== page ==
What BMW unintentionally did was to create an E46 successor. The E82s are similarly sized, similarly equipped and were similarly priced to the E46. And in its most basic, most sporty form, the early 135i Sport is on paper a close match for the performance of the third generation M3. Okay, there’s no doubt that the 135i isn’t a M3 when you get behind the wheel. But is it a special car? Yes. And does it move? The N54/55 are rated at 300 horsepower – about 10% shy of the S54. But they’ve got 300 lb.ft of torque, almost about 15% more than the M3 had. And because they’re a turbo motor and they were able to tune that torque curve in, it’s about as flat as the Makgadikgadi Pan. That means roll-on performance, and the 135i rewards you any time you want. The strange thing is, it really doesn’t drive like it is a turbo motor. There’s no lag, no flat spots, no real woosh. It just feels like a very strong high-compression inline-6. And though it won’t corner like a E46 M3, it’s not far off in acceleration or driving feel.
The dash changed and some of the operations are different, but the seats and small greenhouse will instantly remind you of the earlier chassis. Ours is about as basic as they came – 6-speed manual, manual seats, no iDrive, but with a sunroof. But probably the ultimate spec is the late N55-equipped M-Sport and ‘is’ models. They’re quite hard to find even though they’re fairly new. Why is that?
Just the other day, I wondered what kind of large wagon you could still buy. The Mercedes-Benz E-Class and recently introduced Volvo V90 seem to be the last two holdouts in what was once a robust market of longroof models. Back up a decade, and you could add the Audi A6 Avant and 5-series Touring/Sport Wagon to the mix, and both are still quite desirable in their last form.
With forced induction and plenty of technology as well as a sport ride, both the Audi and BMW entrants into the marketplace were expensive alternatives to the rest of the now traditional “Sport Utility” lineups. And both sold in very small numbers, giving enthusiasts precious few options to choose from when it comes to the used market. In the case of the BMW, the most desirable models are the M-Sport models offered late in the run, and they’re not frequently seen. So much so, that when this one popped up I was certain it was the same 2010 I looked at recently. The color combination of Tiefseeblau Metallic and Natural Brown Dakota combined with the M-Sport package seemed too unlikely to immediately come across again; yet, here we are, with a VIN only about 100 after the recent example. Is this one a winner?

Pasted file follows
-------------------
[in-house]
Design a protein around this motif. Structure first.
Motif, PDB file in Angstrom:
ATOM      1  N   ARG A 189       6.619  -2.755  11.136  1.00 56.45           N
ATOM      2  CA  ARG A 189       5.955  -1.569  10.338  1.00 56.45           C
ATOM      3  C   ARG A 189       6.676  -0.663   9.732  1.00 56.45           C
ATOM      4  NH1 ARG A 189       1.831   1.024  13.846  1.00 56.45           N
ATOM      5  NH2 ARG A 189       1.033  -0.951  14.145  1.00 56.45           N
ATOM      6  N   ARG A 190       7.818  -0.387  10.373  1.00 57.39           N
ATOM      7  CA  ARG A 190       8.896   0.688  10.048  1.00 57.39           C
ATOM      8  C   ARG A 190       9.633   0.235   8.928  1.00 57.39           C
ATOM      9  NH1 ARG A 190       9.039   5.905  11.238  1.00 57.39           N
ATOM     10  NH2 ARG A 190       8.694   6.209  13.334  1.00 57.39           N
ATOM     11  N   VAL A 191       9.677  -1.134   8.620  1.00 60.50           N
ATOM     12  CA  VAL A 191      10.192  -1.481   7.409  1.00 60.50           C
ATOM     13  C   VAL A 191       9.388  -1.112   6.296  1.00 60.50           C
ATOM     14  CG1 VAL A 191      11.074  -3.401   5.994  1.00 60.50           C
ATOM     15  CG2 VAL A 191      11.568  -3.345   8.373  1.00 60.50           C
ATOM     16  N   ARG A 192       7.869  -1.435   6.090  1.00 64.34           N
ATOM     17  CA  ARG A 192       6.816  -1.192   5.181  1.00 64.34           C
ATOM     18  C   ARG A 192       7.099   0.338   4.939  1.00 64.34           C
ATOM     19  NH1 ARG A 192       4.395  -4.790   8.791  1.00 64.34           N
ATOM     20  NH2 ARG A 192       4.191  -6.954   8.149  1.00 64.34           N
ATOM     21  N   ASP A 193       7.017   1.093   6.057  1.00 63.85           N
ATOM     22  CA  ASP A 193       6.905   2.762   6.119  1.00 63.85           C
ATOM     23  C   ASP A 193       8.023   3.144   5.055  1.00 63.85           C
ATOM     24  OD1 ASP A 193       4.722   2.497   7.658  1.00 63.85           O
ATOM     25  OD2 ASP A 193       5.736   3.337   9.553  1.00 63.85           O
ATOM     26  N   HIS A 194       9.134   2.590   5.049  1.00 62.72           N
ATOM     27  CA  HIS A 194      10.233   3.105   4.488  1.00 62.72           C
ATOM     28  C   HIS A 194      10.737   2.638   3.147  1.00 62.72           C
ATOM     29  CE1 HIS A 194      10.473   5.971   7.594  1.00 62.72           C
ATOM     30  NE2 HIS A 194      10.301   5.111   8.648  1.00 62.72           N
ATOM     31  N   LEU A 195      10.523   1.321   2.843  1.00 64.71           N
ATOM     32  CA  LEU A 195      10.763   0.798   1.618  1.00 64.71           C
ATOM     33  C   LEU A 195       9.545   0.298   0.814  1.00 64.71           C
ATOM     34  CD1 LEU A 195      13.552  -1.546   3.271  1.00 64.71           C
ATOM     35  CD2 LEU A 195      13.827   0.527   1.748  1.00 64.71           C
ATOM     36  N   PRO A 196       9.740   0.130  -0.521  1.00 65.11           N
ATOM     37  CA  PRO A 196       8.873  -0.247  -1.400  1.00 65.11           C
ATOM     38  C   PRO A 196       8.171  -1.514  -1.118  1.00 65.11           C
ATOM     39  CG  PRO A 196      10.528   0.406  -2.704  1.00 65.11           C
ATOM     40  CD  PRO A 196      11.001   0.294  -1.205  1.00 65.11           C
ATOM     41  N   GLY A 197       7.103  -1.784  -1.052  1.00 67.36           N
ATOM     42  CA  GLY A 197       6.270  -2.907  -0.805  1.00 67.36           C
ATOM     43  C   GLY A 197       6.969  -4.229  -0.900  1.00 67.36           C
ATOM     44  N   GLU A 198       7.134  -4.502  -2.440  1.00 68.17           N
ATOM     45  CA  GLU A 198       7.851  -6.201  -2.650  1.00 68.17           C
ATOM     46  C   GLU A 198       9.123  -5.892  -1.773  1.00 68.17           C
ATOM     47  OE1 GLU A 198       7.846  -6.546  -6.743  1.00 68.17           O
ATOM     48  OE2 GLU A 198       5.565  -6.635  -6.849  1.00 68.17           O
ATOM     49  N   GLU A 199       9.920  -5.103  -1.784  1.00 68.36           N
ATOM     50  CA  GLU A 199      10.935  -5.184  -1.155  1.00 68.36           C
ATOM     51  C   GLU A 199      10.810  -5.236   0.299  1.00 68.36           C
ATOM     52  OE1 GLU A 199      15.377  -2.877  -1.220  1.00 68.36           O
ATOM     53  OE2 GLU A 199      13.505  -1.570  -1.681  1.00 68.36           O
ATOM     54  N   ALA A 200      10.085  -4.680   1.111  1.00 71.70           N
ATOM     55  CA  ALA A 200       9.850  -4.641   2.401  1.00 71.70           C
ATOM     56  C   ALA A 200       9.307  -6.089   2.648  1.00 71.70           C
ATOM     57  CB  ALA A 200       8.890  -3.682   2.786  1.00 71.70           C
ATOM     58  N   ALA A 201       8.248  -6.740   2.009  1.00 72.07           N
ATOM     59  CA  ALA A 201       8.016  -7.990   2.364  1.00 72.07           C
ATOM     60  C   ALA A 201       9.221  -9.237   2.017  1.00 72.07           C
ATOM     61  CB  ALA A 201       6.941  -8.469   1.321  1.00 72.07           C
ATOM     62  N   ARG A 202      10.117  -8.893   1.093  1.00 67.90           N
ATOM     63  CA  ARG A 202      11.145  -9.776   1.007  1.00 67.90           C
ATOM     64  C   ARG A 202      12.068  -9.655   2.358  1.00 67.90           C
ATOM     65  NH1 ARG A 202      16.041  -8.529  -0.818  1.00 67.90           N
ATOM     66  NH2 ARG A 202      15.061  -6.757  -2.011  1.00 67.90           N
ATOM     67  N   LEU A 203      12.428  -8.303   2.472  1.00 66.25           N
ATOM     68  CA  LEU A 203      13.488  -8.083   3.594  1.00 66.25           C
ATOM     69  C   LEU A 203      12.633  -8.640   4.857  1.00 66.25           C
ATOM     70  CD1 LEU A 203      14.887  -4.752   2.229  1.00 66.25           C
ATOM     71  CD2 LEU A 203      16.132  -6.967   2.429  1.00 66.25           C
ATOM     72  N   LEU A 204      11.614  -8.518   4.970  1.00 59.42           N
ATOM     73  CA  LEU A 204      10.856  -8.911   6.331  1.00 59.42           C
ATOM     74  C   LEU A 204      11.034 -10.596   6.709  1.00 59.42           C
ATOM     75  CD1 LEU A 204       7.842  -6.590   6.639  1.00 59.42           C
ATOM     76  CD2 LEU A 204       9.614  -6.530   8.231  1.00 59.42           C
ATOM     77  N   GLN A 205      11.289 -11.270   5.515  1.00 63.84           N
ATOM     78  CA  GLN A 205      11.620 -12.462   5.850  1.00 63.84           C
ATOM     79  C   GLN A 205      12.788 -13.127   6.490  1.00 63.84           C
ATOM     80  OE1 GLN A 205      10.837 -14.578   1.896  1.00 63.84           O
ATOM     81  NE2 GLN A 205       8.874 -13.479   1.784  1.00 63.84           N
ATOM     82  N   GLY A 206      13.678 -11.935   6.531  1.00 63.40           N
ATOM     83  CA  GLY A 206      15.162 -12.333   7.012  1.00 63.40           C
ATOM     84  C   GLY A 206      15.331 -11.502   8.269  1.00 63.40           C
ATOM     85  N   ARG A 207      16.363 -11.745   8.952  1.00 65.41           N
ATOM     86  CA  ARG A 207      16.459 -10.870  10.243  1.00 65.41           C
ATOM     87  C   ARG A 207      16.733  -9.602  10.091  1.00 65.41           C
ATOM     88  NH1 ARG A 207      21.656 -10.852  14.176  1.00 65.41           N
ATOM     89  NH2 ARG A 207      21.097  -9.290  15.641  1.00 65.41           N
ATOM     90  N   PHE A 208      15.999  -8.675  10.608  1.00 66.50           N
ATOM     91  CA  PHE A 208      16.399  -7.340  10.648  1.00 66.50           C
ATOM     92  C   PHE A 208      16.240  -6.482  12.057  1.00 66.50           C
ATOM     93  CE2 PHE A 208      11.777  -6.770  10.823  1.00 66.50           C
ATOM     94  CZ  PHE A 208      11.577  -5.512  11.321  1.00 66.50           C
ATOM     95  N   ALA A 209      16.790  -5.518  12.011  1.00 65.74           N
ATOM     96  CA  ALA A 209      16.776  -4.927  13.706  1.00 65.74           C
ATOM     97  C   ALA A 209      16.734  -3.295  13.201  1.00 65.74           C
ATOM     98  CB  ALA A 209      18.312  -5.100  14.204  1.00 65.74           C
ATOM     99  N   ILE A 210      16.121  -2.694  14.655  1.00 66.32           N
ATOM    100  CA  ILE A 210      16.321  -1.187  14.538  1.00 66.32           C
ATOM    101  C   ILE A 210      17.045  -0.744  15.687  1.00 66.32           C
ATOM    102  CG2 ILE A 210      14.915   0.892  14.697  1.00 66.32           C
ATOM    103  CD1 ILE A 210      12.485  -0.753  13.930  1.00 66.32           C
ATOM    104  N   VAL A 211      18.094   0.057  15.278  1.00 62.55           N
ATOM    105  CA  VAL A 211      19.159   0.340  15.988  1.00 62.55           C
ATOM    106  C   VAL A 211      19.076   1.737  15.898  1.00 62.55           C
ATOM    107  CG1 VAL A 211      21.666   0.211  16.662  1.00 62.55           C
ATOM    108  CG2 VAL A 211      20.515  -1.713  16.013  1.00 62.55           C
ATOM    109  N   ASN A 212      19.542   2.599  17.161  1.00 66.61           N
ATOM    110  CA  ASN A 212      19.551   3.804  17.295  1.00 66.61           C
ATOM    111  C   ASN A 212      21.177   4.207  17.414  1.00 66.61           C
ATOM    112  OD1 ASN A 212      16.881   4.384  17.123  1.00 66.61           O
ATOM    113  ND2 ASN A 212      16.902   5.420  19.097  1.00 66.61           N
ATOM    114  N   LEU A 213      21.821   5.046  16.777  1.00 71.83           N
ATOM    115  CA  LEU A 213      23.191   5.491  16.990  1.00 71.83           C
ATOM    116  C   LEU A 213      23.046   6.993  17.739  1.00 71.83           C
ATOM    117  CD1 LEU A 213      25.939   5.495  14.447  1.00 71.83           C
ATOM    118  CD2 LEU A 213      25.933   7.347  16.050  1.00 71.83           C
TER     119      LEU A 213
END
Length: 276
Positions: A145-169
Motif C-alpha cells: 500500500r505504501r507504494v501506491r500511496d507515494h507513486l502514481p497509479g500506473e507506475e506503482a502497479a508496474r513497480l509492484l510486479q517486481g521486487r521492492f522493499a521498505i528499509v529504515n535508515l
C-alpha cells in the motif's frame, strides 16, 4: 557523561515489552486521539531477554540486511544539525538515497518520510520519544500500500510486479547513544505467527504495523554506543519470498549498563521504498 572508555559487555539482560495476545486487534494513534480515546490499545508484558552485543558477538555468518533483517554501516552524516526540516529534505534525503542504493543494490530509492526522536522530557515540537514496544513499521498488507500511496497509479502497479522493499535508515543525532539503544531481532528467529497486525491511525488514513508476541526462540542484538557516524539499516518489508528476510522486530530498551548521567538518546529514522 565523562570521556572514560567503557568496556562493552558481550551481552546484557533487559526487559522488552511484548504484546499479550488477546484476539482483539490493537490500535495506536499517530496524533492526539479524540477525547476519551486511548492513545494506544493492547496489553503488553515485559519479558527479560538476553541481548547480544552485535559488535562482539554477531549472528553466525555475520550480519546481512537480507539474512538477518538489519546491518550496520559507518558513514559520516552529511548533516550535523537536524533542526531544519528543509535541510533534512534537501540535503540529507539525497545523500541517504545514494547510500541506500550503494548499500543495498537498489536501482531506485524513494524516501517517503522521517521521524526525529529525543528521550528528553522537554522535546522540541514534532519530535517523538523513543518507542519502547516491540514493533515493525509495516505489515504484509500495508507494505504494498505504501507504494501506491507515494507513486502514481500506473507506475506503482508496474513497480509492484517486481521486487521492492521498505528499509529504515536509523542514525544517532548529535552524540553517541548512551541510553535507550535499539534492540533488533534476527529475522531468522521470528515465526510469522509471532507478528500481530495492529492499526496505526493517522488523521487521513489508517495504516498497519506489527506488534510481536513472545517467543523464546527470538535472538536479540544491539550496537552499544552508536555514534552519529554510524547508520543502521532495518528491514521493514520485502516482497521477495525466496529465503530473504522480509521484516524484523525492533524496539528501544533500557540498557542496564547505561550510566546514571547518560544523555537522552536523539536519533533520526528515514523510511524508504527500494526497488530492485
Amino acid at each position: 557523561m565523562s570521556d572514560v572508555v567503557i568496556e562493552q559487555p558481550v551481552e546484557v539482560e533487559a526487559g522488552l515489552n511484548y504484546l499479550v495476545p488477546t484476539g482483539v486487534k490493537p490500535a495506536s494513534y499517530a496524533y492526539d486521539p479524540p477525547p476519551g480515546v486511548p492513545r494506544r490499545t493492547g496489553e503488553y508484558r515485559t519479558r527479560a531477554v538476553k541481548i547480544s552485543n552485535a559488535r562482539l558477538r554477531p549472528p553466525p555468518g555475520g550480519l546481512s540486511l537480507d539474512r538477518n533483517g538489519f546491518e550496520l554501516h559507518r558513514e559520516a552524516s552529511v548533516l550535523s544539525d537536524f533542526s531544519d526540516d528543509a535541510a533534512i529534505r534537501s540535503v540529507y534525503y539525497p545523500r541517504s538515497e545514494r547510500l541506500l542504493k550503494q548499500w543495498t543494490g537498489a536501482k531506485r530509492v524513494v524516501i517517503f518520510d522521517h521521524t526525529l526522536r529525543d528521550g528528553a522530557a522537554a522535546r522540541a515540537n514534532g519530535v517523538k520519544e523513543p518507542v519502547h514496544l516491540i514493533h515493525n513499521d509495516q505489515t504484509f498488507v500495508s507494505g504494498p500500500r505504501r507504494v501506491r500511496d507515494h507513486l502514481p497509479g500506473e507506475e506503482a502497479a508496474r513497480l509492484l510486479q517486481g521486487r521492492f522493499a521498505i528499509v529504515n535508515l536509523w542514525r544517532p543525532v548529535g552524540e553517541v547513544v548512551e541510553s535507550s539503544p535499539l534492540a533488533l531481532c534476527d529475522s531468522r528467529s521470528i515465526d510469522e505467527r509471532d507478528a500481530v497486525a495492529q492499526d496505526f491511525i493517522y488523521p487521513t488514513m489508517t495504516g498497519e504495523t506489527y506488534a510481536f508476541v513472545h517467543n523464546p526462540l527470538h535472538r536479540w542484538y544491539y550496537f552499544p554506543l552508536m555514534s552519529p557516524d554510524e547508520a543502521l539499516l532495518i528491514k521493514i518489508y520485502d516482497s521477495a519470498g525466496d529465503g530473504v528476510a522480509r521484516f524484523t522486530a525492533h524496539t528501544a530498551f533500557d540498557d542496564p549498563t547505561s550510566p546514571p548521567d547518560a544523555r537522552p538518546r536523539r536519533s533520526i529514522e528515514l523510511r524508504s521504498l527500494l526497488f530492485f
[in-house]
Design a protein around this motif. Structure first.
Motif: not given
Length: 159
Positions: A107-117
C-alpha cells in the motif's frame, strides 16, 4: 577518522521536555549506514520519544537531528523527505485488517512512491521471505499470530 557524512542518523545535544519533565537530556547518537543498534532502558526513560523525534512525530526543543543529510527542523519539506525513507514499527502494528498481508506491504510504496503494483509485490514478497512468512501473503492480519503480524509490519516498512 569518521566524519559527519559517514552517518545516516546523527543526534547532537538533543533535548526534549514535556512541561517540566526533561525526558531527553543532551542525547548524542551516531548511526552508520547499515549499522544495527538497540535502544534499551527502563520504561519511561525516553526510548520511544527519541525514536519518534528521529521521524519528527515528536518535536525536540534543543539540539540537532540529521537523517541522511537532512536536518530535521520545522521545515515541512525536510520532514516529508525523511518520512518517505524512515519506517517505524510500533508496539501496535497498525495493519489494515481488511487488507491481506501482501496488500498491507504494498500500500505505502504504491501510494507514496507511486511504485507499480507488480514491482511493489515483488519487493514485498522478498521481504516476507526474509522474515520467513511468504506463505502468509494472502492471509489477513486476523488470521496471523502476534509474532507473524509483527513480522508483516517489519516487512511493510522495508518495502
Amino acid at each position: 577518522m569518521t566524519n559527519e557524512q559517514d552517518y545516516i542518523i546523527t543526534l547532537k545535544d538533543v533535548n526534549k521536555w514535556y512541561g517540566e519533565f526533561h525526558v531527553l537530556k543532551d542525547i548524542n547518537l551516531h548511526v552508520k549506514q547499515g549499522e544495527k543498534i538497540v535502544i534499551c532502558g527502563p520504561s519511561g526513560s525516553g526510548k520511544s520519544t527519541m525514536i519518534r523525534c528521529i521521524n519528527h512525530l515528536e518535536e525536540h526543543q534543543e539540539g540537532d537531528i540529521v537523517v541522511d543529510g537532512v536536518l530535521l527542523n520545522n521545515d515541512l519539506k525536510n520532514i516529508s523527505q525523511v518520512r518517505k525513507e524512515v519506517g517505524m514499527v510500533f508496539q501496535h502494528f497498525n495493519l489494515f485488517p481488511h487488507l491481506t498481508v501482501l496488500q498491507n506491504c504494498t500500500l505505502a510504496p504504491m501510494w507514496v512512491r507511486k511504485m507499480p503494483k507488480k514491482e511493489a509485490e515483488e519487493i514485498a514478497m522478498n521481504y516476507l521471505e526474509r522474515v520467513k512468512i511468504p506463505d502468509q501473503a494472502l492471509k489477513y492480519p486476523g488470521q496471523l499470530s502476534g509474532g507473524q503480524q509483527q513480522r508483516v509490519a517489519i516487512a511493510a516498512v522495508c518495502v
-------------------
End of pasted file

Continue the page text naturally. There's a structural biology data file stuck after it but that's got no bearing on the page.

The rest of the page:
I don’t usually post newer cars, preferring to write about 80s and 90s machinery instead. That’s because I think many new cars are bloated in looks and overburdened with technologies that blunt the driving experience. But there are a few modern cars for which I’m willing to make an exception, like the E82 135iS. Offered in the US for the 2013 model year only (to make up for the absence of the recently departed, limited edition 1M coupe), the “iS” package added M-sport suspension and bumpers to the 135i, while a tune to the 3.0 liter N55 twin-turbo engine bumped power output to 320 hp (an increase of 20 hp over the standard car). Though some find the E82 a bit stubby, I love the look of the car, with its short wheelbase and squat, compact styling, while the hydraulic steering setup offers a relatively old school, connected driving experience. Sure, it’s not quite the unadulterated formula of BMWs of yore (6 naturally-aspirated cylinders, 5 speeds, 3 pedals) but it comes pretty close, and I think the E82 is a closer spiritual successor to the E30 than any contemporary 3-series.
I’ve covered a series of BMW 3 series Individual cars recently, and I seem to be on a streak of finding neat ones. Today for your consideration are two E92s; one 335i turbo with low miles in a nice color combination compared to a M3 Individual with higher miles. The price is nearly the same between the two examples; which would be the one you’d select?